Developing a programme for medication reconciliation at the time of admission into hospital
- 724 Downloads
The aim of this article is to describe the methods used to develop the medication reconciliation programme implemented in a tertiary care hospital, and to discuss the main problems encountered and lessons learned during the process. A quasi-experimental study was carried out, analysing discrepancies between routine medication and drugs prescribed in the hospital, before and after an electronic reconciliation tool was introduced at admission. This tool was integrated into the computerized provider order entry system. The implementation of the electronic reconciliation tool has shown a reduction of the rate of discrepancies, decreasing from 7.24% (CI 95% 6.0–8.5) before the intervention to 4.18% (CI 95% 3.2–5.1) afterwards. Projects like this are costly, but this study has made it possible to detect numerous areas where interventions could be useful and proved the importance of a medication reconciliation programme.
KeywordsAdverse drug events Computerised reconciliation tool Discrepancies Medication error Medication reconciliation Risk management
We are very grateful for the cooperation and interest of the whole team (Preventive Medicine, General Surgery, Internal Medicine and Pharmacy staff) who took part in the study and development of the programme. It would not have been possible without their help.
The project was funded through a collaborative agreement between the Spanish Ministry of Health and Social Policy and the authorities of the Autonomous Region of Madrid.
Conflicts of interest
- 2.Institute for Healthcare Improvement (IHI). Getting started kit: prevention of adverse drug events. Medication reconciliation. How to guide [document on the internet]. IHI; 2007 (cited 20 March 2011). Available from: http://www.ihi.org.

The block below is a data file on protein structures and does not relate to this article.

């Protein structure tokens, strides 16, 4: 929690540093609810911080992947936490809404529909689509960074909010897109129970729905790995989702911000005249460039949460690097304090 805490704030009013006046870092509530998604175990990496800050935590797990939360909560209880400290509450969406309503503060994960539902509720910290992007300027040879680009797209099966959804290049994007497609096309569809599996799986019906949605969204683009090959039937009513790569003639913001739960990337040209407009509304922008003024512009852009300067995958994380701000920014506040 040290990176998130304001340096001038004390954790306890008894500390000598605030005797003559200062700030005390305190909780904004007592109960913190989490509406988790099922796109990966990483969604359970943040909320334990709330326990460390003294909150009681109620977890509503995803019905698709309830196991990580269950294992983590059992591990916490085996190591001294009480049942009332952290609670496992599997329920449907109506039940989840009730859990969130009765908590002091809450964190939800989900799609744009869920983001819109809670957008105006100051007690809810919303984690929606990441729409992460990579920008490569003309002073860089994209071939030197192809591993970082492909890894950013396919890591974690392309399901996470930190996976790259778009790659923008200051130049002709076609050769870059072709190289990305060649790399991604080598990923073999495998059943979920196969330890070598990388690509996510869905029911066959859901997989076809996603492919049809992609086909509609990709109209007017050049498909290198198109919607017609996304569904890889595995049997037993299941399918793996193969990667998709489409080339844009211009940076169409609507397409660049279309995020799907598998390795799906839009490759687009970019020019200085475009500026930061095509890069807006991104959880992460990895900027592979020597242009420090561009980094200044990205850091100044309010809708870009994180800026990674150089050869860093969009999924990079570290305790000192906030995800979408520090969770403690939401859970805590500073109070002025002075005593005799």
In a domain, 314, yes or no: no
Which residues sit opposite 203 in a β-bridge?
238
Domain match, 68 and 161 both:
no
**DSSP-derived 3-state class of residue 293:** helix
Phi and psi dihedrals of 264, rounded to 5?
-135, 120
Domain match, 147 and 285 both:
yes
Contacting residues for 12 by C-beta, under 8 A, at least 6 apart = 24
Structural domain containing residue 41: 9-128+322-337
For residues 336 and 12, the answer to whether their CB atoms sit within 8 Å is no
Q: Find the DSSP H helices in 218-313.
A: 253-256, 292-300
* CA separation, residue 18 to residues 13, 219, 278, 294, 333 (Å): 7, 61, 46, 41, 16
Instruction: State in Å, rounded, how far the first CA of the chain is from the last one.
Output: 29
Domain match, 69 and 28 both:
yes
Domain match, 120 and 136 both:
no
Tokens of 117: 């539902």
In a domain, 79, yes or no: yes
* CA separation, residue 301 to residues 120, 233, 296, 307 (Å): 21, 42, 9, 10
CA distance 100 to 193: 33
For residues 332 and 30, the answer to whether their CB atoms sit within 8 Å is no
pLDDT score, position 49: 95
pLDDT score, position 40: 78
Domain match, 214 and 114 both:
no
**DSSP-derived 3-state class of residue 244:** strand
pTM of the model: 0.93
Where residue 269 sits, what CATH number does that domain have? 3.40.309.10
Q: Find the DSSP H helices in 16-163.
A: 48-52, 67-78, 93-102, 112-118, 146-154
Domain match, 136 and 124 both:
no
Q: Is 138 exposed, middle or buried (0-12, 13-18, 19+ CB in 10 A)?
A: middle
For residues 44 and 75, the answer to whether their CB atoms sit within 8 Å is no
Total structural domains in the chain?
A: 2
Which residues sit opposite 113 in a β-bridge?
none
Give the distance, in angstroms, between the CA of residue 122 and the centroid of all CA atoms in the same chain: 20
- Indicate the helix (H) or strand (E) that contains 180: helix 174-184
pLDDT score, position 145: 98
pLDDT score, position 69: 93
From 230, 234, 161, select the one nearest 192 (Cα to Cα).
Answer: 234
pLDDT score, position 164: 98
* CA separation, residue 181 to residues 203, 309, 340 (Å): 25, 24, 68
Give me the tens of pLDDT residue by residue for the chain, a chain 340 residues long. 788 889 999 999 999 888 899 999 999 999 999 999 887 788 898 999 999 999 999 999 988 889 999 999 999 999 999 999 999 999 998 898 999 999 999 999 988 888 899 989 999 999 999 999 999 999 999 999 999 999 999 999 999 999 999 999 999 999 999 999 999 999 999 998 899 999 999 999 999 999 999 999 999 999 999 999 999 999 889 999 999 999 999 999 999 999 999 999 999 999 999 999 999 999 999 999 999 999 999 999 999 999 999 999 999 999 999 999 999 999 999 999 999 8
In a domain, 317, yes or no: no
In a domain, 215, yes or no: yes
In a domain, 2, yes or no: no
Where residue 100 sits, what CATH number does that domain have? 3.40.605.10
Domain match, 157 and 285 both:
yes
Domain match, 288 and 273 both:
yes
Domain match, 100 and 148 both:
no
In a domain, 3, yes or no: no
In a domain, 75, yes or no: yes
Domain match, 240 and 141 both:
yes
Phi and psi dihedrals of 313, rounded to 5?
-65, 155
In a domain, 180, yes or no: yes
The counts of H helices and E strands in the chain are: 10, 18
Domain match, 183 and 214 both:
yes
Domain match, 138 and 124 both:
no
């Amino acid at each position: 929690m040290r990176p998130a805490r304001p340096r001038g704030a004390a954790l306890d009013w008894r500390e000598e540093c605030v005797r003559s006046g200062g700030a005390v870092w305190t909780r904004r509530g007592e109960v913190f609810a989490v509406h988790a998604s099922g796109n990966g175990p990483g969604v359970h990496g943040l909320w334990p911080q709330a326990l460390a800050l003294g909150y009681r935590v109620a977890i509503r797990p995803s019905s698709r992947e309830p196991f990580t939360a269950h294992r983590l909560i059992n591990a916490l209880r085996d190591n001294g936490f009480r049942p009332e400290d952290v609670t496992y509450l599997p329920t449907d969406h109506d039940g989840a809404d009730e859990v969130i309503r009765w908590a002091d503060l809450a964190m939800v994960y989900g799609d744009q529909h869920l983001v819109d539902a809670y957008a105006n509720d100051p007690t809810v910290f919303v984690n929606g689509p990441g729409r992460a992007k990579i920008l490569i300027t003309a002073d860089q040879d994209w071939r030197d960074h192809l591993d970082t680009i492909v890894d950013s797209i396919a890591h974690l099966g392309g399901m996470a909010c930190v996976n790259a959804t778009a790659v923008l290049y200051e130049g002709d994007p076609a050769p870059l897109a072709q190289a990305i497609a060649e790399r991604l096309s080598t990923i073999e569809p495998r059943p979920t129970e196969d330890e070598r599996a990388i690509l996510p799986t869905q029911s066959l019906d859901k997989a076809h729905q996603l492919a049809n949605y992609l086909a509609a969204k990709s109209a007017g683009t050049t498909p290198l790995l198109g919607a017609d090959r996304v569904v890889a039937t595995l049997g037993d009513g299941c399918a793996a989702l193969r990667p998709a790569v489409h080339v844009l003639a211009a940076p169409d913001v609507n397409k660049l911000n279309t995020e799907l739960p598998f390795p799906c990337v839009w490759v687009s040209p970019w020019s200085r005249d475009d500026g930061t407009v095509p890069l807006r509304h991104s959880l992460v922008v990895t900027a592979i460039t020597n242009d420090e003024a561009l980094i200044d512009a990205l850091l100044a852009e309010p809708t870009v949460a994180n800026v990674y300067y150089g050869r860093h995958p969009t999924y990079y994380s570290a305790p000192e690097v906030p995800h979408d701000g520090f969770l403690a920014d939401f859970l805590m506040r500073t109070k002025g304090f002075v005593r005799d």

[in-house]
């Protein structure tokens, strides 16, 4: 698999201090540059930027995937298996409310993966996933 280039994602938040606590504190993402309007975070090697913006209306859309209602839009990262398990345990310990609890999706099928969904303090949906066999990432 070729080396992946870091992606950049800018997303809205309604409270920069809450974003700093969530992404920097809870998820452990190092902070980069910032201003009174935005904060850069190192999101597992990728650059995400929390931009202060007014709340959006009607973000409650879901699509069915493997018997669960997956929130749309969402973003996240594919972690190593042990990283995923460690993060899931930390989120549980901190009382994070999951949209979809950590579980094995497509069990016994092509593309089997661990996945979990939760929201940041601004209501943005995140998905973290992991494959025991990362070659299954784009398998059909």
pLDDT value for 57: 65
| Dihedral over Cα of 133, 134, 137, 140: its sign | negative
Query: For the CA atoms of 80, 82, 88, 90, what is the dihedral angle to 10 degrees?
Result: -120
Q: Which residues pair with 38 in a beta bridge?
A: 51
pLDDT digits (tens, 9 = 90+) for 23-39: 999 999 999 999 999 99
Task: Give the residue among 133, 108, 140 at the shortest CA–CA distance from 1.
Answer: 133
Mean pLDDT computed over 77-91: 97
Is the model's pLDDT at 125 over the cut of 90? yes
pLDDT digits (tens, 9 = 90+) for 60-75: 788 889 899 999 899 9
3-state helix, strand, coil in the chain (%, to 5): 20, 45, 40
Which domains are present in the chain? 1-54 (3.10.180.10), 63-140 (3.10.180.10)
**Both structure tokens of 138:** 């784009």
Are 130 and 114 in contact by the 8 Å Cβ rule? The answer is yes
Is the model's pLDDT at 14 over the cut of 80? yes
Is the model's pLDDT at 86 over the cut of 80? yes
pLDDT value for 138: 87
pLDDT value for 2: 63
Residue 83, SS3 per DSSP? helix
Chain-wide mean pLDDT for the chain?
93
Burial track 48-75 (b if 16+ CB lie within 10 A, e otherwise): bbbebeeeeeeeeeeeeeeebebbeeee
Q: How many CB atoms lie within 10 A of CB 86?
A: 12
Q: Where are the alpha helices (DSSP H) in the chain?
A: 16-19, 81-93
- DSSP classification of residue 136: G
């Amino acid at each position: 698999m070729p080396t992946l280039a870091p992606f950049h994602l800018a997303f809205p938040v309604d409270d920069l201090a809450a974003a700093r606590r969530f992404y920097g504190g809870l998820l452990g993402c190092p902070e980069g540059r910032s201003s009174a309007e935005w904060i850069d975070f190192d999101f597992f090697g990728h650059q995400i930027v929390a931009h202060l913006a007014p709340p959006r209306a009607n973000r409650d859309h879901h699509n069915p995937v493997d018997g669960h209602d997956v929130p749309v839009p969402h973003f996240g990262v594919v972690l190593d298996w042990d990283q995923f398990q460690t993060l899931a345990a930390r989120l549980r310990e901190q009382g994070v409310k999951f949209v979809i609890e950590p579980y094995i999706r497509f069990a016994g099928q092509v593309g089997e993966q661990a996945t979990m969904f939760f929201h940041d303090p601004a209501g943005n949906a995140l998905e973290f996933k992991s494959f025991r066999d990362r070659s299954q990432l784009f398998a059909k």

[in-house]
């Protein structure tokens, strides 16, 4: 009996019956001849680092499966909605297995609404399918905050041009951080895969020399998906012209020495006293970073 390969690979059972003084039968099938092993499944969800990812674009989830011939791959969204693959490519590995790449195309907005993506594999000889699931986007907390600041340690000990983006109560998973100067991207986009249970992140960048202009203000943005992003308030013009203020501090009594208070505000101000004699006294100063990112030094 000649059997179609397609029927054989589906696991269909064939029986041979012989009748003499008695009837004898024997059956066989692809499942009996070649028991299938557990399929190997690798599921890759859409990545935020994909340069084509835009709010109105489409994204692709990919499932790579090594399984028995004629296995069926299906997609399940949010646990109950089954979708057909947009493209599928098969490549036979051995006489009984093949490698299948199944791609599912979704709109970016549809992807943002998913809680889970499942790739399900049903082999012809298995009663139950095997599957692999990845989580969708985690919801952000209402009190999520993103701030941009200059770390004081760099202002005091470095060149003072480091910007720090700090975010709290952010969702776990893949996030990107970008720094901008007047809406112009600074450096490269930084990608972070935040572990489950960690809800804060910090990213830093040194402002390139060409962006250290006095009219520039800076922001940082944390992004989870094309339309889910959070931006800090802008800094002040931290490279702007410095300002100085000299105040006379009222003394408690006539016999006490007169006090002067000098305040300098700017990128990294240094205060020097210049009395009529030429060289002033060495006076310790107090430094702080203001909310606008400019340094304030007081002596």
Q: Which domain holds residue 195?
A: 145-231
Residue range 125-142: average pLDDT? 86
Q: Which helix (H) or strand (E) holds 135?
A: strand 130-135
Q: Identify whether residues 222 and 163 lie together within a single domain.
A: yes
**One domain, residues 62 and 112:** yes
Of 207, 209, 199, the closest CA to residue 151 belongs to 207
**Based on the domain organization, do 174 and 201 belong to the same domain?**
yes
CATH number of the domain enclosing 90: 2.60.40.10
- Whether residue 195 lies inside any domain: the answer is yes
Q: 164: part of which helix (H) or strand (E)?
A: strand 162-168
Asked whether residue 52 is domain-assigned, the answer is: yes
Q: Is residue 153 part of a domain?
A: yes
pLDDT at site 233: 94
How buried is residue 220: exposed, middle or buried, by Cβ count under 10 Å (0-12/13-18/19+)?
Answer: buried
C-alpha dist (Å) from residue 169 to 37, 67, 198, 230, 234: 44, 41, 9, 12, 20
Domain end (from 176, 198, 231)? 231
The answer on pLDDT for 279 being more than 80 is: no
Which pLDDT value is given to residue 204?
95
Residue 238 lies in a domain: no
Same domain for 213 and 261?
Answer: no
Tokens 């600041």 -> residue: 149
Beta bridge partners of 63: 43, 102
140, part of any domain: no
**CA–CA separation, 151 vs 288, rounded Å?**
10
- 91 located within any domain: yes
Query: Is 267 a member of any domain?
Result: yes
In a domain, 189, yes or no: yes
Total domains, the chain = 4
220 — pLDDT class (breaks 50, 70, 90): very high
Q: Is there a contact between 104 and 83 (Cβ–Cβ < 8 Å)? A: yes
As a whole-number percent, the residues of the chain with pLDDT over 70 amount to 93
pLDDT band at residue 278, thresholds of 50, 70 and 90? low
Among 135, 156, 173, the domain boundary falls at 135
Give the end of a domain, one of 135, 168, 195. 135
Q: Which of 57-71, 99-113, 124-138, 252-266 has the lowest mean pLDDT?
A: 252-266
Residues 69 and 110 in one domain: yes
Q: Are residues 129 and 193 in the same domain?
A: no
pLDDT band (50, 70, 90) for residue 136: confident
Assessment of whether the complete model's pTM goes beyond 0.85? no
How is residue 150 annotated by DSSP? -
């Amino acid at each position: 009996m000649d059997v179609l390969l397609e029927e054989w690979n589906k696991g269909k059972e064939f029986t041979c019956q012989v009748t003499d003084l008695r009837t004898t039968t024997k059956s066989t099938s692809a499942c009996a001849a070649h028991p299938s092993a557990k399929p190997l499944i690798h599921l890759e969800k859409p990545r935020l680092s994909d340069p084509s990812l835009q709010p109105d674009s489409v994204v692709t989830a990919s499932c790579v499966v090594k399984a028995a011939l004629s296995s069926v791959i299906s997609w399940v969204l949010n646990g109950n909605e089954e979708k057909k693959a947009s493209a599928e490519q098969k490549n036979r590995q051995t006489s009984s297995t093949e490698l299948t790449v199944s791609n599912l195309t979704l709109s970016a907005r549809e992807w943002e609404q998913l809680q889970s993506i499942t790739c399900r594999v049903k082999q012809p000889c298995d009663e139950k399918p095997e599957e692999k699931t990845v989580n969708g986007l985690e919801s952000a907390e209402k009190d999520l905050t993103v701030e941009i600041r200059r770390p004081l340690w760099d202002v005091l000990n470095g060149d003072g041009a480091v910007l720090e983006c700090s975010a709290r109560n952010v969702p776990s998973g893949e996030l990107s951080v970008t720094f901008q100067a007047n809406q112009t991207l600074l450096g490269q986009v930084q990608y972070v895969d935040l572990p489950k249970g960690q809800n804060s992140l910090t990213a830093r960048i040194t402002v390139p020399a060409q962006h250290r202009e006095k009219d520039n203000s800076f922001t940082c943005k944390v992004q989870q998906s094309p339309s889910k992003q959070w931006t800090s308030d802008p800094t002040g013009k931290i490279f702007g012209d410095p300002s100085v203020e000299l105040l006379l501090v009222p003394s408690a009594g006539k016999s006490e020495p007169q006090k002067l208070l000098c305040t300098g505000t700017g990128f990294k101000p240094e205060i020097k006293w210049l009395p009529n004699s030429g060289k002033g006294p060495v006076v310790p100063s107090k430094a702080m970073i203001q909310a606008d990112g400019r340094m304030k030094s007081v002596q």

- 4.Joint Commission on Accreditation of Healthcare Organizations (JCAHO). Medication reconciliation national patient safety goal to be reviewed (document on the internet). JCAHO; 2010 (cited 30 Aug 2010). Available from: http://www.jointcommission.org/PatientSafety/NationalPatientSafetyGoals/npsg8_review.htm.
- 5.World Health Organization (WHO). Collaborating Centre for Patient Safety Solutions. Assuring medication accuracy at transitions in care. Patient safety solutions (document on the internet). WHO; 2007 (cited 30 Aug 2010). Available from: http://www.who.int/patientsafety/solutions/patientsafety/PS-Solution6.pdf.
- 6.National Institute for Health and Clinical Excellence (NICE) and the National Patient Safety Agency (NSPA). Technical patient safety solutions for medicines reconciliation on admission of adults to hospital (document on the internet). NICE & NSPA; 2007 (cited 30 Nov 2010). Available from: http://guidance.nice.org.uk/index.jsp?action=download&o=38560.
- 11.Anderson HJ. Medication reconciliation: What role will I.T. play? Health Data Manag. 2007;15(7):44, 46, 48.Google Scholar
- 15.Roure Nuez C, compiler. Documento de consenso en terminología y clasificación de los programas de conciliación de la medicación. 1st ed. Barcelona: Ediciones Mayo; 2009.Google Scholar
- 16.The National Coordinating Council for Medication Error Reporting and Prevention (NCC MERP). NCC MERP index for categorizing medication errors (document on internet). NCC MERP; 2001 (cited 30 Aug 2010). Available from: http://www.nccmerp.org/pdf/indexColor2001-06-12.pdf.